Barrani reported a case with unilateral retraction nystagmus associated with convergent nystagmus of the contralateral eye. Both phenomena have been reported to occur intermittently in the same eye with lesions in the rostral midbrain.
Convergence retraction nystagmus is perhaps the most distinctive pretectal phenomenon. Convergence retraction nystagmus may be present before upward gaze becomes grossly limited. With every attempt to make an upward saccade, the eyes first jerk inward several times then diverge again. When the phenomenon is pronounced, any saccadic attempt, horizontal or vertical, causes a convergent jerk of the eyes followed by a slower divergent drift back to the parallel position.
Atkin and Bender used the term lightening eye movements to describe bursts of rapid, small amplitude movements seen on attempted upgaze. Patients with such signs complain of slowness in focusing and difficulty reading.
When convergent eye movements distort horizontal saccades, the result in limitation of abduction mimics partial abducens nerve palsy, so called pseudo-abducens palsy of upper midbrain lesions. Oculocephalic or caloric stimulation usually produces full abduction and thereby resolves the question of paresis.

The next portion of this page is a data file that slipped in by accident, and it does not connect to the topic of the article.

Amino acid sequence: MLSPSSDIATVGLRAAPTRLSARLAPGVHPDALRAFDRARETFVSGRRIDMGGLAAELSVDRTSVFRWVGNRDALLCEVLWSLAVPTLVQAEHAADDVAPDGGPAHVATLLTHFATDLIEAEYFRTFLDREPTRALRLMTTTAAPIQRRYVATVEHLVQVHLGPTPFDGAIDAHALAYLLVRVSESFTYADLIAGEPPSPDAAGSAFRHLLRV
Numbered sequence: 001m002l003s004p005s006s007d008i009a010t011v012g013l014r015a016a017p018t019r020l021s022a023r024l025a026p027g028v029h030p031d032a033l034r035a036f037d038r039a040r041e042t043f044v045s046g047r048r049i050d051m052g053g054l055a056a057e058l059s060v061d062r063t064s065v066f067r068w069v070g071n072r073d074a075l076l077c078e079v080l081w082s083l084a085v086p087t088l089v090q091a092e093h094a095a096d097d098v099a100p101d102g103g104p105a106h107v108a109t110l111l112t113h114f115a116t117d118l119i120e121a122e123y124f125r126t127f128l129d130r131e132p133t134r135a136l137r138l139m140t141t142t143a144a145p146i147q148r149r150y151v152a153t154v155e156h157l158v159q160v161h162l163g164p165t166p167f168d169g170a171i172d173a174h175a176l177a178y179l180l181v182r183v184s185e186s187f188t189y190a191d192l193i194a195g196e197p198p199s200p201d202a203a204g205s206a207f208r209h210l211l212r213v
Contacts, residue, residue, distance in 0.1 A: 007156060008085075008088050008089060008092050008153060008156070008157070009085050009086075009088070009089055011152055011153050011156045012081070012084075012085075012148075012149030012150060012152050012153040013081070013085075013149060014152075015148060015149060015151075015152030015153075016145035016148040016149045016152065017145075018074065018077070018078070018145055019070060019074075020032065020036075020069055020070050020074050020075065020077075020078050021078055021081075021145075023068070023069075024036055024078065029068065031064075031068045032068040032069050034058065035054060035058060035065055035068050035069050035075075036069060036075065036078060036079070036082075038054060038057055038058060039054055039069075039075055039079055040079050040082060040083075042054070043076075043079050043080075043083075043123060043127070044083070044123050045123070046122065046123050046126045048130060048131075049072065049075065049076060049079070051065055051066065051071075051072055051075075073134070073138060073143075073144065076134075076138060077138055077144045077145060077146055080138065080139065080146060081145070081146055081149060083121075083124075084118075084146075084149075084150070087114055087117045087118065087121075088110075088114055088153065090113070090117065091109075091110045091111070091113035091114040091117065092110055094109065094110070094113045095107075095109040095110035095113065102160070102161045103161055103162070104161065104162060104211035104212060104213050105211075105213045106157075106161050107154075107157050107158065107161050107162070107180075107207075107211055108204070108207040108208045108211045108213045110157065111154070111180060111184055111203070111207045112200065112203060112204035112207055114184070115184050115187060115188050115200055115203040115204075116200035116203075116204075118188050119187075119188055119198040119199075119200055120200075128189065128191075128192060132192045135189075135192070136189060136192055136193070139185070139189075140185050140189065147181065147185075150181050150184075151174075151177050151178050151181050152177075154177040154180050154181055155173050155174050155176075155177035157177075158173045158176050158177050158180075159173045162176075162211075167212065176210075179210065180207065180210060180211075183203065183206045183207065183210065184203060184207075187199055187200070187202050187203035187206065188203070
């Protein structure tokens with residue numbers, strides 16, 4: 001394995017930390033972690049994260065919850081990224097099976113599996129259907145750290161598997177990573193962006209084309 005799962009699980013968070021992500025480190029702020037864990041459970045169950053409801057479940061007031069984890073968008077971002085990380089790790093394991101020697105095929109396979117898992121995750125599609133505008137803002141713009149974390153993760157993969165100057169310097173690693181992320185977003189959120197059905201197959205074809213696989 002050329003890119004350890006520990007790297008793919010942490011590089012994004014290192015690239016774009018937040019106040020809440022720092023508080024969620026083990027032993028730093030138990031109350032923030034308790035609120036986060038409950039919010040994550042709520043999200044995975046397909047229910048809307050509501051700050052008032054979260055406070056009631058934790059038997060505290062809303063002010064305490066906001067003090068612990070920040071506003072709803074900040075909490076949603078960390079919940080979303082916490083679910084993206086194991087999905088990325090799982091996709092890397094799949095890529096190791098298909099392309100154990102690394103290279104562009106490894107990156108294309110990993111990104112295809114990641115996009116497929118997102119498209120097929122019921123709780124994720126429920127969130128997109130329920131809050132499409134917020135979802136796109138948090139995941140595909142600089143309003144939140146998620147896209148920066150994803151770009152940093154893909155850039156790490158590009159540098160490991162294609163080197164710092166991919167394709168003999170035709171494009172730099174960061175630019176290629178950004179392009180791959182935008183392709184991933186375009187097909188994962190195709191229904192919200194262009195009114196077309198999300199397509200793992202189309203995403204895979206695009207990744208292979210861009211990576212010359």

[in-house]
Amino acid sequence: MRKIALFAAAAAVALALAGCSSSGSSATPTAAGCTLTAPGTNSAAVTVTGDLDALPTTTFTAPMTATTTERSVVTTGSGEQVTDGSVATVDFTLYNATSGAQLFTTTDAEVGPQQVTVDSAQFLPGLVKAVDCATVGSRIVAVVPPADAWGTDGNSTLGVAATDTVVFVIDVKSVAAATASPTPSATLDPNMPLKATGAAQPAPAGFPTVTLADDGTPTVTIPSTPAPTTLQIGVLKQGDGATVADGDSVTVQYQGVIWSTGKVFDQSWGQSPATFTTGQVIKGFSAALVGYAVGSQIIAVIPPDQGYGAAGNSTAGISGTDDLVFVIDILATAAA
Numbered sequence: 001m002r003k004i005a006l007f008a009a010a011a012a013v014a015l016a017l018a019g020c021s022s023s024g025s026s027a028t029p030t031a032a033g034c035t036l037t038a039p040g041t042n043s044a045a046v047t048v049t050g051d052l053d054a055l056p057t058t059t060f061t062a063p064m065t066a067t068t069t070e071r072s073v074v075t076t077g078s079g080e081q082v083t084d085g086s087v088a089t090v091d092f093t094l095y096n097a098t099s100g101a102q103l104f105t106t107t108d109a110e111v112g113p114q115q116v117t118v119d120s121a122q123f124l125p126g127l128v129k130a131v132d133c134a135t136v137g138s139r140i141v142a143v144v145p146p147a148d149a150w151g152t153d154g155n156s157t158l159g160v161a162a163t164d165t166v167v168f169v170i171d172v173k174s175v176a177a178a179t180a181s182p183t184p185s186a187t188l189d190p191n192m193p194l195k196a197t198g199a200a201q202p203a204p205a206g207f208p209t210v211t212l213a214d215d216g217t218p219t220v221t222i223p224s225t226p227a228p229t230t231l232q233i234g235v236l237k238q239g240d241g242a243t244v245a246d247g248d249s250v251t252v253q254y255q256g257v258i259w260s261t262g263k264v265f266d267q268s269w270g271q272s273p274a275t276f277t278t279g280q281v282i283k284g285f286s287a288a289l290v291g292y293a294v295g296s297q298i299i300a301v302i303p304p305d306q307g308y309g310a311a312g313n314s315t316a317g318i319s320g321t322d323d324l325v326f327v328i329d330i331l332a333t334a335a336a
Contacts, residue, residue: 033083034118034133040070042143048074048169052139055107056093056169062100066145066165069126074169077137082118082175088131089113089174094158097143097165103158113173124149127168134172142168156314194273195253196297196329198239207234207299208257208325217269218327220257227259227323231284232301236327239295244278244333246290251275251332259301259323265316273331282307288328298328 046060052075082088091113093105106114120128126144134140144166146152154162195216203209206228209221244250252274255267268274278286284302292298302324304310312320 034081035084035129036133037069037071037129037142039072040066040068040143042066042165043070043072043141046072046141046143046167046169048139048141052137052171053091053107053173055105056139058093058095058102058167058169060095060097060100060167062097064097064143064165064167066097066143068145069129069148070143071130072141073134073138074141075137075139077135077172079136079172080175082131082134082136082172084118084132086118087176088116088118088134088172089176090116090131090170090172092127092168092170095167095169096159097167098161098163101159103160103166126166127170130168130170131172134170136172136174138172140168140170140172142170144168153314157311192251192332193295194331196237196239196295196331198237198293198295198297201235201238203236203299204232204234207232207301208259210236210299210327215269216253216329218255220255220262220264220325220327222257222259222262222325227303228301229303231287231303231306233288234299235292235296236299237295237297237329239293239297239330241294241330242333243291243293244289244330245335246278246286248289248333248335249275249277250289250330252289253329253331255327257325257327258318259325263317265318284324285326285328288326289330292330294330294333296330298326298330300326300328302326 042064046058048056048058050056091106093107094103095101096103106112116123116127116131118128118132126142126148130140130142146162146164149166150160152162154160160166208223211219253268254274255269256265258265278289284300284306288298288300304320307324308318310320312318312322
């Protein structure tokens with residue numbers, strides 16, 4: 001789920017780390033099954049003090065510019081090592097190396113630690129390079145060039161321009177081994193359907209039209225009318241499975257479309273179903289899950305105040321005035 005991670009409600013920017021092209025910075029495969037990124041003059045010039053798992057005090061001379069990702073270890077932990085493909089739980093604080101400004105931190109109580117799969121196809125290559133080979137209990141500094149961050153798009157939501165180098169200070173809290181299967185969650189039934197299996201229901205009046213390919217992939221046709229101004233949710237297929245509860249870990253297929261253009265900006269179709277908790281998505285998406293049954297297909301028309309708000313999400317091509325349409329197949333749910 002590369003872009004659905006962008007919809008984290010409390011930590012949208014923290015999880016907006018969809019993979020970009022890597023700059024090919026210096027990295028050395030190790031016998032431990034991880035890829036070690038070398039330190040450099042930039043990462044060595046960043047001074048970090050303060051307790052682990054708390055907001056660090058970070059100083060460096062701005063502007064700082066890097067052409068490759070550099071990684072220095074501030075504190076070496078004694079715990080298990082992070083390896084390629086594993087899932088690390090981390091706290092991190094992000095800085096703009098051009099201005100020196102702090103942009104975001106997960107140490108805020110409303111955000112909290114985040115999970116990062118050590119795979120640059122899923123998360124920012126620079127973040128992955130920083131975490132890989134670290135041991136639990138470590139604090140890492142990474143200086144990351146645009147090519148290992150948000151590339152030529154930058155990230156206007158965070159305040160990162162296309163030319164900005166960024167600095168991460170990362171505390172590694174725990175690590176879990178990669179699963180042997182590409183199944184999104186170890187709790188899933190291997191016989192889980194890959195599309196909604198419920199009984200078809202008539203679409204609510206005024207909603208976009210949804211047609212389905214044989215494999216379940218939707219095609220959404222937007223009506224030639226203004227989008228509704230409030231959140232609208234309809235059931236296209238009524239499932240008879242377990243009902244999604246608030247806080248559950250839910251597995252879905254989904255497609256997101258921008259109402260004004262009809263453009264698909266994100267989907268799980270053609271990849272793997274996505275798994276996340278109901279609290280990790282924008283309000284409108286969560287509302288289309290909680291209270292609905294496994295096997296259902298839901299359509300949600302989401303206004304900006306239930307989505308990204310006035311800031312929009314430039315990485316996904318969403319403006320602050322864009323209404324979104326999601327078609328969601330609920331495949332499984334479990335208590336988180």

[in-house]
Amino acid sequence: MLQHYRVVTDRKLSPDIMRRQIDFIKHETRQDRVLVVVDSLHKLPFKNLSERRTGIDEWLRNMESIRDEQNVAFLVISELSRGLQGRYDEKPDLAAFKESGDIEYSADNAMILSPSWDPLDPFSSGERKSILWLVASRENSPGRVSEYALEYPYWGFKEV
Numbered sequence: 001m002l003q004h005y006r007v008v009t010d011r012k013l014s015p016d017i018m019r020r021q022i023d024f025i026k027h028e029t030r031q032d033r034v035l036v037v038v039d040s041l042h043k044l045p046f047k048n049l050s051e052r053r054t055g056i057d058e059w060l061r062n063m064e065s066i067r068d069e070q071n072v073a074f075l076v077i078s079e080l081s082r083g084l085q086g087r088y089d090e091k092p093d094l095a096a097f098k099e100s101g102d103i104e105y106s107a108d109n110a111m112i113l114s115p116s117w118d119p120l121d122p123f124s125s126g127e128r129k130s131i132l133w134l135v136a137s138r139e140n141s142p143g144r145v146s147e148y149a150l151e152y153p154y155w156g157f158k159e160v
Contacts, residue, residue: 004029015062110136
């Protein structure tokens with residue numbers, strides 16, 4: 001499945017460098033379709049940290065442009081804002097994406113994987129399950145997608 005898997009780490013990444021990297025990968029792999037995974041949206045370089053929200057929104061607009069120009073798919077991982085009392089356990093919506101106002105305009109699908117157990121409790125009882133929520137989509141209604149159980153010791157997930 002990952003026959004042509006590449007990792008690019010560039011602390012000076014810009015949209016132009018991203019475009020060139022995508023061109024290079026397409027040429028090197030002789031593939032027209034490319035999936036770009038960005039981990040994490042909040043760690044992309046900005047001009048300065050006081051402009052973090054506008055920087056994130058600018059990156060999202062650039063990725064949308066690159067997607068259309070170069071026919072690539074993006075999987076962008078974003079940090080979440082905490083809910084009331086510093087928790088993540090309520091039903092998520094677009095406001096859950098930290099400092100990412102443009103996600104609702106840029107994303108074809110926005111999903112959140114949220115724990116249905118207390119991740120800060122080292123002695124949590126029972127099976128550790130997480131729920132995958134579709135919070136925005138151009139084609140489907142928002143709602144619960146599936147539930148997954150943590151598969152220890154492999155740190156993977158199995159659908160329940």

Gowers was the first to report pupillary areflexia and upgaze palsy from a pathologically confirmed case of pinealoma.
Interestingly, in Parinaud’s report two years later, the pupils were small and recorded as nonreactive to convergence, while light reactions were retained.
In our experience, and in the reports of others, light-near dissociation of the pupillary light reflexes occurs frequently.
The pupils are moderately dilated and poorly reactive to direct light while pupillary constriction to near is retained. This type of pupil abnormality has been called Argyll-Robertson, but it differs from classic Argyll-Robertson pupils by virtue of lack of miosis and the normal response to atropine.
The afferent fibers of the pupillary light reflex pass from the optic tract to the pretectum, where they decussate, in part, through the posterior commissure before reaching reticular cells surrounding the Edinger-Westphal nucleus. Light reflex abnormality is frequently present in patients with pineal tumors. Control signals for accommodation coming from the striate and peristriate cortex, are usually spared as they transverse the posterior capsule, and reach the EW nucleus from below.
Electronic infrared pupillographic studies, however, have shown that pineal region tumors impair both light and near responses and that true light-near dissociation is rare.
Impaired sympathetic pupillary control is equally rare.
Alternating contraction anisocoria is another pupillary syndrome of the anterior midbrain. This syndrome is characterized by greater pupillary constriction in the directly stimulated eye than in the consensually reacting pupil a subtle sign of minimal pretectal impairment.